Archive for the ‘Presentations’ Category

Powerpoint Karaoke

February 13, 2017

microphone-closeup-by-paulRecently we held a Powerpoint Karaoke event at work to bookend our workshops on creating better presentations.  The purpose was to have fun but at the same time make clear the difference between great and awful slides.

So, what exactly is Powerpoint Karaoke?  It is an event where volunteer presenters come up to the front of the room and narrate slides that they’ve never seen before.  The slides change automatically and the presenter must improvise with every new slide.  The slides may or may not be related.  For the audience it’s usually a laugh-inducing event.  For the presenters, it can be a chance to show off their improv and presenting skills with welcome humor.

How did we do it and how can you do it?  Here is the way it worked:   First, we sent out a flyer advertising the event with a link to more info and a signup form.


Since we only had one hour or less for the event I decided to have only 10 performer/presenter slots.  Each volunteer presenter would get 9 slides that would show for 20 seconds each.  The total running time of 3 minutes seemed reasonable for possible embarrassment or boredom.  I preselected slides with an intentional mix of good and bad examples.  This assortment added flavor and at the same time demonstrated the power of a well-designed slide.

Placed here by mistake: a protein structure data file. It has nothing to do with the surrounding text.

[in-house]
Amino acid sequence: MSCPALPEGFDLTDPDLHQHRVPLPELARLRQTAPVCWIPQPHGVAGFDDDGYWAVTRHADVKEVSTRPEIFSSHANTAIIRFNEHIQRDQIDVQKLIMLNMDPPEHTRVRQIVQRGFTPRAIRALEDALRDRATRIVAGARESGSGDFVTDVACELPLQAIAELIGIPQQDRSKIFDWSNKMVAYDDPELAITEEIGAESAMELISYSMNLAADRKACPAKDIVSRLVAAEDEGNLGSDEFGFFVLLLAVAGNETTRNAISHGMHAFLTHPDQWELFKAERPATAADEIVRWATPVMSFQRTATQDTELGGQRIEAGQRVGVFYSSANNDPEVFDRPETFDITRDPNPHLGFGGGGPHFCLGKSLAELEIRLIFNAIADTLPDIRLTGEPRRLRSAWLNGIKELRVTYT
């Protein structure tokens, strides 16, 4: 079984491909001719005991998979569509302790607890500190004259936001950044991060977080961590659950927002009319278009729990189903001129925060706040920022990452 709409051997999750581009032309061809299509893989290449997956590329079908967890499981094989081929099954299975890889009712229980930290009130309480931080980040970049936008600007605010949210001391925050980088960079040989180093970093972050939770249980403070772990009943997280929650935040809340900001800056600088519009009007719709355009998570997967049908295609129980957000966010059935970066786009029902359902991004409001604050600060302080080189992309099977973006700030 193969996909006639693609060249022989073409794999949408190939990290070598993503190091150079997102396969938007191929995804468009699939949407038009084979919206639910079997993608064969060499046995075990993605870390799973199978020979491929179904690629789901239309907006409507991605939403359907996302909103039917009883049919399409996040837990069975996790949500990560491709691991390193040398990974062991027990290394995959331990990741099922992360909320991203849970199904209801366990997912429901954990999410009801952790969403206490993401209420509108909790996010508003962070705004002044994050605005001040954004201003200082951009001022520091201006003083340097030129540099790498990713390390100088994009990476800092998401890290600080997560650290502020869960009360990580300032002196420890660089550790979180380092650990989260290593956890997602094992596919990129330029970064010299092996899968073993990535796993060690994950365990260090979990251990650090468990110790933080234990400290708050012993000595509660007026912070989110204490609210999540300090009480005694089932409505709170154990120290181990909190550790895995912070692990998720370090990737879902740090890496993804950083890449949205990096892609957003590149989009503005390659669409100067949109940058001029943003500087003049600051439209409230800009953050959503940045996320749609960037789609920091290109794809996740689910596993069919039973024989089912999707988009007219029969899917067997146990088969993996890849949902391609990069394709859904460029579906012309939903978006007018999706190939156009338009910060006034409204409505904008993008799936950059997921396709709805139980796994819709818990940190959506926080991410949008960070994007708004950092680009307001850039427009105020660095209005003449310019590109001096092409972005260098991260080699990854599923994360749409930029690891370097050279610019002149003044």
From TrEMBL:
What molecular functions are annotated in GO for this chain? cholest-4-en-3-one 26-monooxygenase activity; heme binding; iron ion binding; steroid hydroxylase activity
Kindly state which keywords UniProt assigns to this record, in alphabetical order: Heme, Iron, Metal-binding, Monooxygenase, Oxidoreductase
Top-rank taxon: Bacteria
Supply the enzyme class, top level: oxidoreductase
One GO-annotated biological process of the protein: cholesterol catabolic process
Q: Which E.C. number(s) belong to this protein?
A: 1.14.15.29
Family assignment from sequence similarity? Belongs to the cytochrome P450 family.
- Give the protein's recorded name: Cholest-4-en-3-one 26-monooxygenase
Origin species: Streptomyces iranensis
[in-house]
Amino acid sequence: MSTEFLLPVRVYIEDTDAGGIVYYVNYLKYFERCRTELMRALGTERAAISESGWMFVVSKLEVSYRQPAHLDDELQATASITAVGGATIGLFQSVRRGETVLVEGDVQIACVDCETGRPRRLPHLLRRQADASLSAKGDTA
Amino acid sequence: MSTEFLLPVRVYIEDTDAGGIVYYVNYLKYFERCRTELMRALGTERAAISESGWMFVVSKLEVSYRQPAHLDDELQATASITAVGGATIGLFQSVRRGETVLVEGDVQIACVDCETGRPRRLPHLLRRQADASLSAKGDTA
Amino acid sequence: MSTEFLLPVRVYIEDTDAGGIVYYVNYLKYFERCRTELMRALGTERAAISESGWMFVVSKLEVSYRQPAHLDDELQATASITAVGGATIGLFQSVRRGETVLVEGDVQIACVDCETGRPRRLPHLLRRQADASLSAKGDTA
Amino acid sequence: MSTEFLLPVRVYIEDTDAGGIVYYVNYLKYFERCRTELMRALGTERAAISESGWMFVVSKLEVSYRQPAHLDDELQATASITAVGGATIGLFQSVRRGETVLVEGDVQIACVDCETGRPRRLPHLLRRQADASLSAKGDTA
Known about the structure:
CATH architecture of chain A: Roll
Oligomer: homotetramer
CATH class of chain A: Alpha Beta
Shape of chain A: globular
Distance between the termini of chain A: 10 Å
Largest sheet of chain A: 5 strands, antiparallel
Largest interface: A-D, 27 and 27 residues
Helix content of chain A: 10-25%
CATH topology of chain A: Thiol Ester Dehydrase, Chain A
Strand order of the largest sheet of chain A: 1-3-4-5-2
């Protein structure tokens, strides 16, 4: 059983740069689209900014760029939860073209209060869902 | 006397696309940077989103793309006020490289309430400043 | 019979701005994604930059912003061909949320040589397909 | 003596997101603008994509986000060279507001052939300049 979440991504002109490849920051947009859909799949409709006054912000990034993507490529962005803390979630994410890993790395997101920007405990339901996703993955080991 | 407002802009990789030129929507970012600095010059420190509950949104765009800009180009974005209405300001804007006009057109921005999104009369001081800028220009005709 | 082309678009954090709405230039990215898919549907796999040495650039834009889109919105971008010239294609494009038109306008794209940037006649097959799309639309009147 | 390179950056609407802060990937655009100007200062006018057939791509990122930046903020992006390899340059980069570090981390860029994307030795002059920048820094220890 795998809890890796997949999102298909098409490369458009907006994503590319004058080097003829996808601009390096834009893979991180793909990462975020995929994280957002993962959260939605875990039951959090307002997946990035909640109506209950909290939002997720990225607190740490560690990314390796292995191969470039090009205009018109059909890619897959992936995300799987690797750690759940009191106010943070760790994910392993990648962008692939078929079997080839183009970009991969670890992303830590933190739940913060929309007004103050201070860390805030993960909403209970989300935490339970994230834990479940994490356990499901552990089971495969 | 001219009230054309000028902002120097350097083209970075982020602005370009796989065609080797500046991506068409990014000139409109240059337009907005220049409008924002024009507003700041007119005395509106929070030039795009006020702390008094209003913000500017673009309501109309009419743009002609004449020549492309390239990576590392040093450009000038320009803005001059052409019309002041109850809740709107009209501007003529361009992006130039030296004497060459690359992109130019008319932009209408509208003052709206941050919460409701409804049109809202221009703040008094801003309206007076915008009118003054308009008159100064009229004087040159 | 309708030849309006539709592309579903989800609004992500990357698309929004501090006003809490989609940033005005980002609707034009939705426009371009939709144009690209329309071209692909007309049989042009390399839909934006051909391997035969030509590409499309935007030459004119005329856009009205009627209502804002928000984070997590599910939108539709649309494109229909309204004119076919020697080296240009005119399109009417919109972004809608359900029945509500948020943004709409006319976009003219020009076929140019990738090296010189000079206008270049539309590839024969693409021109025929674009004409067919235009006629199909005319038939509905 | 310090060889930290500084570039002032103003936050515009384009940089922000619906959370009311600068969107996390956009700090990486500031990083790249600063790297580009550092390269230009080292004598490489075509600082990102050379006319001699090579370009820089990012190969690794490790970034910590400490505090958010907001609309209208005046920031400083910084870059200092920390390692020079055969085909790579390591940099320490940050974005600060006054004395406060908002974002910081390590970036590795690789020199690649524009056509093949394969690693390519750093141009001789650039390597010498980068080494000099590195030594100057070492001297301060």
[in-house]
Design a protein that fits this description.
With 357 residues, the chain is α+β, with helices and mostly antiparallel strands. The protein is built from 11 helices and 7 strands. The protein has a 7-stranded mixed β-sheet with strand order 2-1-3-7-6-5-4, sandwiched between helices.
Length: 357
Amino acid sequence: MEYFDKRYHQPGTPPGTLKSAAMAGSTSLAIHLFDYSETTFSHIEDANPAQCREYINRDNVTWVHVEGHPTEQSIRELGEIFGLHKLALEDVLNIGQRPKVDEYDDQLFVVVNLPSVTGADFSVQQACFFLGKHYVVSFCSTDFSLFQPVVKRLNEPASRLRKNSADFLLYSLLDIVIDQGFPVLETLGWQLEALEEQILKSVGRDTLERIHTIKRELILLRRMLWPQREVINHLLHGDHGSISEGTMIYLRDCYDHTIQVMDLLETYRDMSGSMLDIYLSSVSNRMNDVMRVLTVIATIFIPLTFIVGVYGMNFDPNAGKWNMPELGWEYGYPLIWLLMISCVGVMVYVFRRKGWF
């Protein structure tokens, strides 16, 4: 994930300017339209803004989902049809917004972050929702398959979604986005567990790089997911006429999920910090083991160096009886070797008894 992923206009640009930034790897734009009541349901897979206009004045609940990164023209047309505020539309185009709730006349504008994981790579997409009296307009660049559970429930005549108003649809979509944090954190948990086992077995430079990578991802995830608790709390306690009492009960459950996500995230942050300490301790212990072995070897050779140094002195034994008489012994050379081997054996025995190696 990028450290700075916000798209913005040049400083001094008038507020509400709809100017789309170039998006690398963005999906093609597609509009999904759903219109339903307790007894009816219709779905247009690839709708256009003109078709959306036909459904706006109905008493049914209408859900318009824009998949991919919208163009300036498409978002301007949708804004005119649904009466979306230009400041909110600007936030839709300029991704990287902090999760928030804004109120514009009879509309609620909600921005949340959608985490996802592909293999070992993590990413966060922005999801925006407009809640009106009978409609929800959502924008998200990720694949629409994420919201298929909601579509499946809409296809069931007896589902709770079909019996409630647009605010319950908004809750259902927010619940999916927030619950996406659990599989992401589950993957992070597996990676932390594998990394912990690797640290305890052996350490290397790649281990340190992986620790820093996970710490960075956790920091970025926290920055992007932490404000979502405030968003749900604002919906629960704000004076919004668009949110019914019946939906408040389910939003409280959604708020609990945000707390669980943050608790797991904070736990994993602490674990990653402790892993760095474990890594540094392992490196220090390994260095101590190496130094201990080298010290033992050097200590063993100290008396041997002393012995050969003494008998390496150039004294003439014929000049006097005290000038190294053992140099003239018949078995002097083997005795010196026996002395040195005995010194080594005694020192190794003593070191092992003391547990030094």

Because I needed to control the breaks between presenters, I advanced the slides manually with a stopwatch app to measure the seconds.  You could do this with automation, but if so, then I would recommend a blank slide or two between presenters.

After the last presenter/improviser was done I brought out my iPad and opened a free app called Decibel 10th and we metered the applause for each presenter, going down the list and recording the number achieved.  The top applause winner chose one of the items I brought-a gift card, the book Slideology by Nancy Duarte, and a copy of Presentation Zen by Garr Reynolds.  Second and third place winners chose from the remaining prizes.

This was so much fun that we are definitely doing it again in late Spring.  The next time we are also going to hold it in our public lunch space to draw a larger audience who might just stumble upon the event as well.  There is talk about doing this after-hours at a bar/restaurant to enable presenters full freedom in their speech.  I’ve seen this done at other places…just do a search on Youtube on Powerpoint Karaoke and you’ll see what I mean.

Finally, I want to note that this is also a great way to learn more about the talents of members of your team.  Let me know if you try it with your group.  I’d love to know how it went.